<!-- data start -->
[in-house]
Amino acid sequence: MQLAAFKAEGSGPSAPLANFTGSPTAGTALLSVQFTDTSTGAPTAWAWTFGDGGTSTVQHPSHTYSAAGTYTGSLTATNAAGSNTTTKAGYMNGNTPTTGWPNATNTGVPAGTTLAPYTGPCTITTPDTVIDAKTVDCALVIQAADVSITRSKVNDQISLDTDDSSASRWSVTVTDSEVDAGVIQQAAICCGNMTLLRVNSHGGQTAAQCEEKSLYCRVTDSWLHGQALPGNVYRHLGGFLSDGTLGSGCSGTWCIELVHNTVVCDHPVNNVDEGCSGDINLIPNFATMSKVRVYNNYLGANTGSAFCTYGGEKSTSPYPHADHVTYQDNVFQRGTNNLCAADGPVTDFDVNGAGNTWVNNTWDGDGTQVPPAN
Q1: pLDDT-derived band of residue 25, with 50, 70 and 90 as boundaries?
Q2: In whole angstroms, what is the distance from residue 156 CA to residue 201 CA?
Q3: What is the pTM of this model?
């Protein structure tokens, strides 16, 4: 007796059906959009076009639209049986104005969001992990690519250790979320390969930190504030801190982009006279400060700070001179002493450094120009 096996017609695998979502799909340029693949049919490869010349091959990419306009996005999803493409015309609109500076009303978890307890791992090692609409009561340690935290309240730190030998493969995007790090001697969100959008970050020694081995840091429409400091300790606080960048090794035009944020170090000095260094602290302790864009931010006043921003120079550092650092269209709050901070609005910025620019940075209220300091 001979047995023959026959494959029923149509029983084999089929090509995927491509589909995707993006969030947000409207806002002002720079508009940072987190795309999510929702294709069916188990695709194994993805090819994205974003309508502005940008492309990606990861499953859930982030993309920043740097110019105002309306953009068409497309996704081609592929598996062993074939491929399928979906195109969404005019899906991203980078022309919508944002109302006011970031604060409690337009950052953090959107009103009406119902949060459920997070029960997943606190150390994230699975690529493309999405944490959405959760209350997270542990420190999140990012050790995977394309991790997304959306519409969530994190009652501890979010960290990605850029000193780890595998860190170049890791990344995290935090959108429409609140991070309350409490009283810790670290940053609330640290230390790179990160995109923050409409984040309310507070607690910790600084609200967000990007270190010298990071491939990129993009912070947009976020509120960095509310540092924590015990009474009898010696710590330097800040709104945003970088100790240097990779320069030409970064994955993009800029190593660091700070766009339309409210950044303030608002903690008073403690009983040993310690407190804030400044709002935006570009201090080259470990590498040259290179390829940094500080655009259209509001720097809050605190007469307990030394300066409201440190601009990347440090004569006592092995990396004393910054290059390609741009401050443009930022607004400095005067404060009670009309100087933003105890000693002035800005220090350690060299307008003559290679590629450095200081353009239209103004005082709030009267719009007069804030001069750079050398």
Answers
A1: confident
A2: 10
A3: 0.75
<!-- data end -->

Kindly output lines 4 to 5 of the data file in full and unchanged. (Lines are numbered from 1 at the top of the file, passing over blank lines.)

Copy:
Q2: In whole angstroms, what is the distance from residue 156 CA to residue 201 CA?
Q3: What is the pTM of this model?